Wayne County High School Baseball
Hometown: Laurel, Mississippi
Education: Jones County Junior College, William Carey University, Southern Mississippi
Email: chase.stewart601 [at] gmail.com
The moment you first realized that you might like to make coaching part of your career.
I always knew I wanted to coach, but I made it a serious goal in high school. Playing the game, learning the game, and being able to make an impact persuaded me to become a coach. Once I made it to the JUCO level it became more evident. I was fortunate enough to play under coach Christian Ostrander (Oz), currently the Southern Miss pitching coach, at Jones County Junior College. Playing under a guy like himself encouraged me to continually strive to reach the goal of coaching. He wasn’t just a coach, but he was a mentor and father figure on the baseball field. One day I expect to have the same effect on the players I coach.
Outside of mentors, talk about one way you’ve learned some aspect of coaching.
Reading books. I began reading autobiographies on athletes in junior college. A few favorites consists of the following: Beyond Belief by Josh Hamilton, Through My Eyes by Tim Tebow, Coming Back Stronger by Drew Brees, and Ballplayer by Chipper Jones. Currently I am reading John Wooden’s book called Wooden on Leadership. Being an English teacher has increased my will to read. Any time I can gain knowledge or understanding from others’ situations and experiences, I try to do so. PS: Matt Deggs book “15-28” is the greatest story I have ever read.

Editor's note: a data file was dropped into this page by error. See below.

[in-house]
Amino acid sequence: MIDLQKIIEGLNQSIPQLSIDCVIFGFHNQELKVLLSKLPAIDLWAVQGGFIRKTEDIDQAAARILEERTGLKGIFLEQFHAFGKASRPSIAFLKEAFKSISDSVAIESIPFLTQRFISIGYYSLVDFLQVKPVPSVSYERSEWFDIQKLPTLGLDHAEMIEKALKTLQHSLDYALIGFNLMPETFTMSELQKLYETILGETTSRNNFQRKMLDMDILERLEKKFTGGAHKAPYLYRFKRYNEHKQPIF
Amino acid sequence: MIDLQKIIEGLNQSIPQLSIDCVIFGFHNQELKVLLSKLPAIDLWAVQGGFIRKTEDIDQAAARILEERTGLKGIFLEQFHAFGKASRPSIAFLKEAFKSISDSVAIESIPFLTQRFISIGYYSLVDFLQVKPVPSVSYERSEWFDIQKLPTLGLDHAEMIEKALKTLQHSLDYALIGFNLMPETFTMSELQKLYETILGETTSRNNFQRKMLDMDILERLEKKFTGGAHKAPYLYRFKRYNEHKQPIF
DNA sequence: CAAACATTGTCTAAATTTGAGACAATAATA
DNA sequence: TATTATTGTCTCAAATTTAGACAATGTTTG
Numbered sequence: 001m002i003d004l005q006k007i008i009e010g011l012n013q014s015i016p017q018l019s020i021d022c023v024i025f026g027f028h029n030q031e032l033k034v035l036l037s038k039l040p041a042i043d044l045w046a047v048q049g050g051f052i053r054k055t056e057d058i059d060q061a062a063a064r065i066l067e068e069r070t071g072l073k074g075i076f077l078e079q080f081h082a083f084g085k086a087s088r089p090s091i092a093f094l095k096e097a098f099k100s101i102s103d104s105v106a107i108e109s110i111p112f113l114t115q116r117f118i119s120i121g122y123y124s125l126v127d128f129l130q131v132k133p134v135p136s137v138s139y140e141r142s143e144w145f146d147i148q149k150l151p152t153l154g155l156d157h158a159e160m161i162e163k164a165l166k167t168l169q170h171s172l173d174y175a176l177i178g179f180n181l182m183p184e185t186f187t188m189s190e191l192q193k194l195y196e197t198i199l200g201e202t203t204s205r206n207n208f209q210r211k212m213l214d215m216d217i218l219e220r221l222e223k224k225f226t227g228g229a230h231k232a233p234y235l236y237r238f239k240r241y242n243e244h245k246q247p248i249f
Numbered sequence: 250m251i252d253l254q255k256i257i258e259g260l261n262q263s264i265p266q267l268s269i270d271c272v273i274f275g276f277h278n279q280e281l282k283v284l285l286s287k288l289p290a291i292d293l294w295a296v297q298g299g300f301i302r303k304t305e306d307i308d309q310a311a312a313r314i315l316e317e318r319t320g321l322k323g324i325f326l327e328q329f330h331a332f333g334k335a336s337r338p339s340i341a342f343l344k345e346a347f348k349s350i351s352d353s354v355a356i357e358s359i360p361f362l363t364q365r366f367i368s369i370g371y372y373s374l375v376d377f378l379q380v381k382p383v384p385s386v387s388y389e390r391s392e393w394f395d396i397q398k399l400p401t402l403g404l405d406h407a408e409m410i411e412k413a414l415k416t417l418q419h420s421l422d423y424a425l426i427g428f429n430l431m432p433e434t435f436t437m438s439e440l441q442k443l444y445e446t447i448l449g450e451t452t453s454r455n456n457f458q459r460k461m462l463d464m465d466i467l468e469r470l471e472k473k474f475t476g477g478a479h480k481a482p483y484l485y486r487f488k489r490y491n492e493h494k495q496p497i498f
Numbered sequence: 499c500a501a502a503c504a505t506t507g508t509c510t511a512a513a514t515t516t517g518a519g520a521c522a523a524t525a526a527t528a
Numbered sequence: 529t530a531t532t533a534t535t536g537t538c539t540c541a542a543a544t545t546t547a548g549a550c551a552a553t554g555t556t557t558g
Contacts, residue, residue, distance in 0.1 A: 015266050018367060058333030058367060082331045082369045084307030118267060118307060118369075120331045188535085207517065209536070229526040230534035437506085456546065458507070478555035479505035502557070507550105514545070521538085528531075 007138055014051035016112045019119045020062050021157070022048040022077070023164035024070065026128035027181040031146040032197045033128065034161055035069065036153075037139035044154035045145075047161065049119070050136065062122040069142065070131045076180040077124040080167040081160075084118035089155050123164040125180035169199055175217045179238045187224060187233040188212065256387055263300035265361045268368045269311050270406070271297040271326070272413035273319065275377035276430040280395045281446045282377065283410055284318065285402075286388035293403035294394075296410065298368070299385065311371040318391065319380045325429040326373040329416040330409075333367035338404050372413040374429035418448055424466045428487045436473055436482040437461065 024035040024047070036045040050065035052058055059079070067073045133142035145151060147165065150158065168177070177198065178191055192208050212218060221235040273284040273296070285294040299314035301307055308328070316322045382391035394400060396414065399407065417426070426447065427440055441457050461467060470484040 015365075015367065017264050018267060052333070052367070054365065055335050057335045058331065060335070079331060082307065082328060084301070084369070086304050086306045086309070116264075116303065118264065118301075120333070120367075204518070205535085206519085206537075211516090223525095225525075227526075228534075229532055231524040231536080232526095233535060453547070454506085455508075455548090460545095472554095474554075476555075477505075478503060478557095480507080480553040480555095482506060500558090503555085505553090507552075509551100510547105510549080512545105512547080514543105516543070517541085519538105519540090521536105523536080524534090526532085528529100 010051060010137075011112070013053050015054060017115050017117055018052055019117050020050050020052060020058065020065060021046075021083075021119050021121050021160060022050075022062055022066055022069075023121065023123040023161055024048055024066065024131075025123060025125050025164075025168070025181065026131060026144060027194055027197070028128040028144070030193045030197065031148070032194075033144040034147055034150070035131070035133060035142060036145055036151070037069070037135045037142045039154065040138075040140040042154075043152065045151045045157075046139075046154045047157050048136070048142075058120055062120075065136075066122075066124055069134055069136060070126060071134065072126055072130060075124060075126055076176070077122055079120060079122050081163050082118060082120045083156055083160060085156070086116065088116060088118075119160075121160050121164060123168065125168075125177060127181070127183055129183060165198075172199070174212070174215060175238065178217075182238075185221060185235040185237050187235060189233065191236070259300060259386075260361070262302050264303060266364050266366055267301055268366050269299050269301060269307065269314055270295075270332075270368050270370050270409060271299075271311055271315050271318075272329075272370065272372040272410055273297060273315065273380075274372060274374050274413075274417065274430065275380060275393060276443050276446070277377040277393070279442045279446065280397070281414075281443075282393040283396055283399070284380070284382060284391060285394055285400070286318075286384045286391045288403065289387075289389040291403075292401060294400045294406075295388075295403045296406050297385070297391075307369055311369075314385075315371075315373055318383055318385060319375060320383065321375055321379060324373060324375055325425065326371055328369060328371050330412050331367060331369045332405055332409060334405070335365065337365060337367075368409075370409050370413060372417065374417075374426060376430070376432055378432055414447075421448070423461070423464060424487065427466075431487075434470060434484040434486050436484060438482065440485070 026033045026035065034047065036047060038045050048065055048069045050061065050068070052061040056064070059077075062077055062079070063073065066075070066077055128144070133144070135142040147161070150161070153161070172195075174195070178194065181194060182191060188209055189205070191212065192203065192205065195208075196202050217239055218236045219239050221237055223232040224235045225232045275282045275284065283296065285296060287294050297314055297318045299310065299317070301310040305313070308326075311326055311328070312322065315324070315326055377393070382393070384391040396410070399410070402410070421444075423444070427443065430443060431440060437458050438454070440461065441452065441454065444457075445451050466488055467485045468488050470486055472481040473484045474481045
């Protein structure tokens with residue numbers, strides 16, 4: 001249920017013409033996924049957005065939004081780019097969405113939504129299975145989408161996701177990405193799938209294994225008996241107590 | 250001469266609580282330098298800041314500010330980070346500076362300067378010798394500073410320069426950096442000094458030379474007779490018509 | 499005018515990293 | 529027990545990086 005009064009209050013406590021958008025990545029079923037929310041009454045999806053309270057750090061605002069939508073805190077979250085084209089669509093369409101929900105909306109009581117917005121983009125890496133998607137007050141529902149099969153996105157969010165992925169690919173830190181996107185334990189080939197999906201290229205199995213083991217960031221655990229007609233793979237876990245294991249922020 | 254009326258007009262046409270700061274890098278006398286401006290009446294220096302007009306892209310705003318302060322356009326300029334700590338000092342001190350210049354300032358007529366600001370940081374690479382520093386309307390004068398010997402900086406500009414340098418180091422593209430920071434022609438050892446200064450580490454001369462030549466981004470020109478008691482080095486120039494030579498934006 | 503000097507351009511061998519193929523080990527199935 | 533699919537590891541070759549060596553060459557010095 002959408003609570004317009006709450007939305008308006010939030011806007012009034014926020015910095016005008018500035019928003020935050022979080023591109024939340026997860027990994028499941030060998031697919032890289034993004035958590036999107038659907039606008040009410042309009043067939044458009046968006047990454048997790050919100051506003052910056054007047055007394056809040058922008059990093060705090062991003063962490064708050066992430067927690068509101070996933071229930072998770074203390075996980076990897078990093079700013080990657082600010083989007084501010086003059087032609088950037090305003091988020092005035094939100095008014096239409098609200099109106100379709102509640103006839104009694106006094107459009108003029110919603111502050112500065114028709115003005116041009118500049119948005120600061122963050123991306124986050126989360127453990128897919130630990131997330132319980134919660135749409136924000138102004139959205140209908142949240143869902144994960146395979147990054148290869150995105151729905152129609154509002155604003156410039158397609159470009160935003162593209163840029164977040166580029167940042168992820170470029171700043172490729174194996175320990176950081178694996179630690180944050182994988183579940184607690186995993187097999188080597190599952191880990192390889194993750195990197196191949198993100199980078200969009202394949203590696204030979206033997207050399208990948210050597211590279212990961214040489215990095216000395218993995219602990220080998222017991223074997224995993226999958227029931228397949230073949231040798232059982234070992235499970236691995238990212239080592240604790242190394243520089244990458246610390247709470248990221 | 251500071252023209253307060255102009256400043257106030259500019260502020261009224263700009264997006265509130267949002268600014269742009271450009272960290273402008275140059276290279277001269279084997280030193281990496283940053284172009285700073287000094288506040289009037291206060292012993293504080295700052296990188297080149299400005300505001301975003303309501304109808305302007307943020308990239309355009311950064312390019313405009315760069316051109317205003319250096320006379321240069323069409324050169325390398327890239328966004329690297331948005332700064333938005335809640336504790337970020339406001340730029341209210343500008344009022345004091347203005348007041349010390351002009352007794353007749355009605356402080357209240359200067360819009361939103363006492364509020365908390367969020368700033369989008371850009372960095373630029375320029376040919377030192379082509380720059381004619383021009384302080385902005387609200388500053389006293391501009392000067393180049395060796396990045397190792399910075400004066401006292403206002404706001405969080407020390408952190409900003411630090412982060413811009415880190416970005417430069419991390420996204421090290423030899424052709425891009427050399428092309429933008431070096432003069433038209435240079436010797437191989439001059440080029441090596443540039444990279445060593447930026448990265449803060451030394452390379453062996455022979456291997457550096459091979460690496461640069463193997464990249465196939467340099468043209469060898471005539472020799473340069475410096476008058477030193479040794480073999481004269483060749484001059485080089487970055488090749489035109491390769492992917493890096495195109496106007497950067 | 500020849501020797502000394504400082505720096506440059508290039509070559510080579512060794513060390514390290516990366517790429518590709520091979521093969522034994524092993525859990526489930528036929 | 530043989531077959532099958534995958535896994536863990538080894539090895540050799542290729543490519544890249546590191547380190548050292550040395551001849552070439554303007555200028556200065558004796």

What is your favorite memory from a coaching conference or clinic?
It was at my first coaching clinic (Mississippi Coaching Clinic), in Jackson, MS. Coach Mike Bianco (Ole Miss head coach) walked into the room with their powder blue uniform on from head to toe and said, “You are probably wondering why I am wearing this today; well, if you were me you would be able to see that everyone in here is locked in on me. Any time I address a crowd I want their full attention.” He continued to speak about the importance of having your player’s eye contact and full attention. Quite frankly I was hyped about the uniform because I am an Ole Miss fan thru and thru; It also didn’t take much for me to be locked in to the winningest baseball coach in Ole Miss history.
Best career or work advice you ever received.
“I believe you will be a great coach. You are a great leader. You have to believe in yourself to accomplish that goal.” These words were spoken to me by Coach Oz (Ostrander) my sophomore year at JCJC. Coach Oz was a great coach, a phenomenal leader, but an even better mentor. He challenged me on a daily basis and desired my best effort at all times. Because of Coach Oz I was inspired to follow my goals of being a coach. The most intriguing part of that quote is not him believing in me, but him ensuring me that I had to believe in myself. I have always been a confident person, but there have been times of self doubt. I can always go back to this quote for a little added inspiration.
Your dream lunch date. One coach. Any sport. Any level. Living or dead. Who is it?
I would love to say a baseball coach here, but the only real choices for me are Duke’s Coach K and former UCLA’s John Wooden. As a young coach, having been thru years of playing baseball, I feel I can learn things about the game more efficiently by watching videos or talking with coaches that I am close to. But, I think it is vital for me to learn as much as possible about leadership and running a program that is full of young lives who want to be transformed and developed. The two coaches I have mentioned exemplify what it means to be a leader. To hear from either one of them in a one-on-one setting would be life changing I feel like. No one knows leadership qualities like Coach Wooden. He said it best: “Be what you want your team to become.”